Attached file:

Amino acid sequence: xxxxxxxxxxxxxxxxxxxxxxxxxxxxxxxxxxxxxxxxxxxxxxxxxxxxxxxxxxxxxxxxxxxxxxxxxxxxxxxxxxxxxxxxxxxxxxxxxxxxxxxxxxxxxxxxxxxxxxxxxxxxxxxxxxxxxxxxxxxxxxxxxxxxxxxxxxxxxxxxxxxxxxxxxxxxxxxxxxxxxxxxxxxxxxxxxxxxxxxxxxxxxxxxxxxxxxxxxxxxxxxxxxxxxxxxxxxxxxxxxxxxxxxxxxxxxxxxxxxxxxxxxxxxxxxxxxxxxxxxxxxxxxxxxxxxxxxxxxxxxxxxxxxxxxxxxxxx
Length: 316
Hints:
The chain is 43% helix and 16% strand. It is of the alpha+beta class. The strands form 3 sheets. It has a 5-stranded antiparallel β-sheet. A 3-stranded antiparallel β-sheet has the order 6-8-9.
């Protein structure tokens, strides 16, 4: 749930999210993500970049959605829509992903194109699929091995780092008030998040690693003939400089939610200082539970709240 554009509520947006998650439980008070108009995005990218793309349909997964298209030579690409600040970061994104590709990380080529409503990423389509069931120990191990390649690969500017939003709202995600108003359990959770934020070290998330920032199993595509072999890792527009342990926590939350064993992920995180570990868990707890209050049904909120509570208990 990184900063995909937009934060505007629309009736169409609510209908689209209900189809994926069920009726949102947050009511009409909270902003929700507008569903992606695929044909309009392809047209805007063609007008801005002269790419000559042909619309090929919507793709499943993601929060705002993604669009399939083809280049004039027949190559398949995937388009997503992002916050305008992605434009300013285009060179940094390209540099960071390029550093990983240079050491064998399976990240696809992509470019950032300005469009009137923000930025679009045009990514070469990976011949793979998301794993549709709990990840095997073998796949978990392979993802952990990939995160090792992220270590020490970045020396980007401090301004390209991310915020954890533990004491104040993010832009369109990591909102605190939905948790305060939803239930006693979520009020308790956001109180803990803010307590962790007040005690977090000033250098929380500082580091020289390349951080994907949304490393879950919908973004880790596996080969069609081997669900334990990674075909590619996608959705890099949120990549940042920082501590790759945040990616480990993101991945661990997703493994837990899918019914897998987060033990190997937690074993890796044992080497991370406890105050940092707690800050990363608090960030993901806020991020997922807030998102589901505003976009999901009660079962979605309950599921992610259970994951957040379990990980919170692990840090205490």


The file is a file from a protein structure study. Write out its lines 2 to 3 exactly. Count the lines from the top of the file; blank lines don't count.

Length: 316
Hints: